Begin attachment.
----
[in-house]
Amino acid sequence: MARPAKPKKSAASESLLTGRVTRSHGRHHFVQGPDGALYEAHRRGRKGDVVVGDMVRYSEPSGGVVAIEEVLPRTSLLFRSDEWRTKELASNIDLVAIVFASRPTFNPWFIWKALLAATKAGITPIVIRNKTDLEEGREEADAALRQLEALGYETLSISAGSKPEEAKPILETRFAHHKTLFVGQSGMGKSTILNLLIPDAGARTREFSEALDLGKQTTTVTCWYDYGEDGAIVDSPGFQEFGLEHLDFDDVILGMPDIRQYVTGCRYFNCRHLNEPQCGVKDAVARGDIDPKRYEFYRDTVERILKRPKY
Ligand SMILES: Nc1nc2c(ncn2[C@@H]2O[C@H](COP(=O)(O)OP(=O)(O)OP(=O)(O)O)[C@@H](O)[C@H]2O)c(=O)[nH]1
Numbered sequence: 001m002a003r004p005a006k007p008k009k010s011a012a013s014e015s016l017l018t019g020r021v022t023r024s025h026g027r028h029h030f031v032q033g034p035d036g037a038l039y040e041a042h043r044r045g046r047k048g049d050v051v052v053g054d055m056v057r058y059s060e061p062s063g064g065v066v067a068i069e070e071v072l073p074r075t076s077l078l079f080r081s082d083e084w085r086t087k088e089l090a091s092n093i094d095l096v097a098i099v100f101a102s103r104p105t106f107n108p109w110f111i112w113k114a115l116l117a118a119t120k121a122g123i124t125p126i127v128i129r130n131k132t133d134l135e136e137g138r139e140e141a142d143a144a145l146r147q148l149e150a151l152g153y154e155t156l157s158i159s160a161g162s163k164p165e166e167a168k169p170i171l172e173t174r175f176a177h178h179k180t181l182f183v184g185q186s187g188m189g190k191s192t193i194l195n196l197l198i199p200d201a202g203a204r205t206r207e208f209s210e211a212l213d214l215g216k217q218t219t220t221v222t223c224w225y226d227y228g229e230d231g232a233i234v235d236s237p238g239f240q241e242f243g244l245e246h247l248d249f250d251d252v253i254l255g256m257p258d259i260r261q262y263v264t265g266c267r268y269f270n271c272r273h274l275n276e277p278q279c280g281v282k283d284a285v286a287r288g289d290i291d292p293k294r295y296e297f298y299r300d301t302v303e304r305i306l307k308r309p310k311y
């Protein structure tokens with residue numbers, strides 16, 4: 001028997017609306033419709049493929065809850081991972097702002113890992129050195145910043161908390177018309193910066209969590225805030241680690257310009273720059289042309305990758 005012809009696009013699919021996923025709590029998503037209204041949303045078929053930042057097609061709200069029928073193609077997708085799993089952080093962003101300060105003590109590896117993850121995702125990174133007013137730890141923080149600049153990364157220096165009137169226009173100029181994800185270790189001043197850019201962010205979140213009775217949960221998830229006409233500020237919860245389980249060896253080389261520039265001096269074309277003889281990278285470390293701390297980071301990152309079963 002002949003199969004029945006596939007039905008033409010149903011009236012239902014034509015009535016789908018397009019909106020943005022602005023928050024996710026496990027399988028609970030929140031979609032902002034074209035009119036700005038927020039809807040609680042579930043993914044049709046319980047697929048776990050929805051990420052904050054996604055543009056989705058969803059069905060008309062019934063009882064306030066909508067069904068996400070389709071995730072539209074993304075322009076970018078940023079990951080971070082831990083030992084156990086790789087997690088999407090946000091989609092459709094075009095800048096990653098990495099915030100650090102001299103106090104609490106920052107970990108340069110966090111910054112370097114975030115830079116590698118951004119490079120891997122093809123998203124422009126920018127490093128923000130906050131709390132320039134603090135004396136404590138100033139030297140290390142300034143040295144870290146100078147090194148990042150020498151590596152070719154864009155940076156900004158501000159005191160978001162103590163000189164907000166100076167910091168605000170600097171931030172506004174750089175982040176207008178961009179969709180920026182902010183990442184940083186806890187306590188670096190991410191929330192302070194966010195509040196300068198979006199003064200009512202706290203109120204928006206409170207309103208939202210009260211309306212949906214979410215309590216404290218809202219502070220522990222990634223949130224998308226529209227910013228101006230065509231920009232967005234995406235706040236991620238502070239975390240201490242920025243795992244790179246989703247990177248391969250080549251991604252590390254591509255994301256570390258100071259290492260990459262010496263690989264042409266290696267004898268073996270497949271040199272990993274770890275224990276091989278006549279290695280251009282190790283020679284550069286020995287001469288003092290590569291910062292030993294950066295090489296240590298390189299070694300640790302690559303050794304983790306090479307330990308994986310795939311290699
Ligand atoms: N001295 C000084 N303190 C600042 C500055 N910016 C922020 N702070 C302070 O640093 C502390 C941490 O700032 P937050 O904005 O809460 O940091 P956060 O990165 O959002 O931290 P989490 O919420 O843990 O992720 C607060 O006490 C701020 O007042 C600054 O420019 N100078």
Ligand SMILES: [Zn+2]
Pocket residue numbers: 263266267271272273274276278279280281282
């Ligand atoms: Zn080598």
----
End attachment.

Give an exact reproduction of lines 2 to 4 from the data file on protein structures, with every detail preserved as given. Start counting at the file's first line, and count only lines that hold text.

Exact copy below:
Amino acid sequence: MARPAKPKKSAASESLLTGRVTRSHGRHHFVQGPDGALYEAHRRGRKGDVVVGDMVRYSEPSGGVVAIEEVLPRTSLLFRSDEWRTKELASNIDLVAIVFASRPTFNPWFIWKALLAATKAGITPIVIRNKTDLEEGREEADAALRQLEALGYETLSISAGSKPEEAKPILETRFAHHKTLFVGQSGMGKSTILNLLIPDAGARTREFSEALDLGKQTTTVTCWYDYGEDGAIVDSPGFQEFGLEHLDFDDVILGMPDIRQYVTGCRYFNCRHLNEPQCGVKDAVARGDIDPKRYEFYRDTVERILKRPKY
Ligand SMILES: Nc1nc2c(ncn2[C@@H]2O[C@H](COP(=O)(O)OP(=O)(O)OP(=O)(O)O)[C@@H](O)[C@H]2O)c(=O)[nH]1
Numbered sequence: 001m002a003r004p005a006k007p008k009k010s011a012a013s014e015s016l017l018t019g020r021v022t023r024s025h026g027r028h029h030f031v032q033g034p035d036g037a038l039y040e041a042h043r044r045g046r047k048g049d050v051v052v053g054d055m056v057r058y059s060e061p062s063g064g065v066v067a068i069e070e071v072l073p074r075t076s077l078l079f080r081s082d083e084w085r086t087k088e089l090a091s092n093i094d095l096v097a098i099v100f101a102s103r104p105t106f107n108p109w110f111i112w113k114a115l116l117a118a119t120k121a122g123i124t125p126i127v128i129r130n131k132t133d134l135e136e137g138r139e140e141a142d143a144a145l146r147q148l149e150a151l152g153y154e155t156l157s158i159s160a161g162s163k164p165e166e167a168k169p170i171l172e173t174r175f176a177h178h179k180t181l182f183v184g185q186s187g188m189g190k191s192t193i194l195n196l197l198i199p200d201a202g203a204r205t206r207e208f209s210e211a212l213d214l215g216k217q218t219t220t221v222t223c224w225y226d227y228g229e230d231g232a233i234v235d236s237p238g239f240q241e242f243g244l245e246h247l248d249f250d251d252v253i254l255g256m257p258d259i260r261q262y263v264t265g266c267r268y269f270n271c272r273h274l275n276e277p278q279c280g281v282k283d284a285v286a287r288g289d290i291d292p293k294r295y296e297f298y299r300d301t302v303e304r305i306l307k308r309p310k311y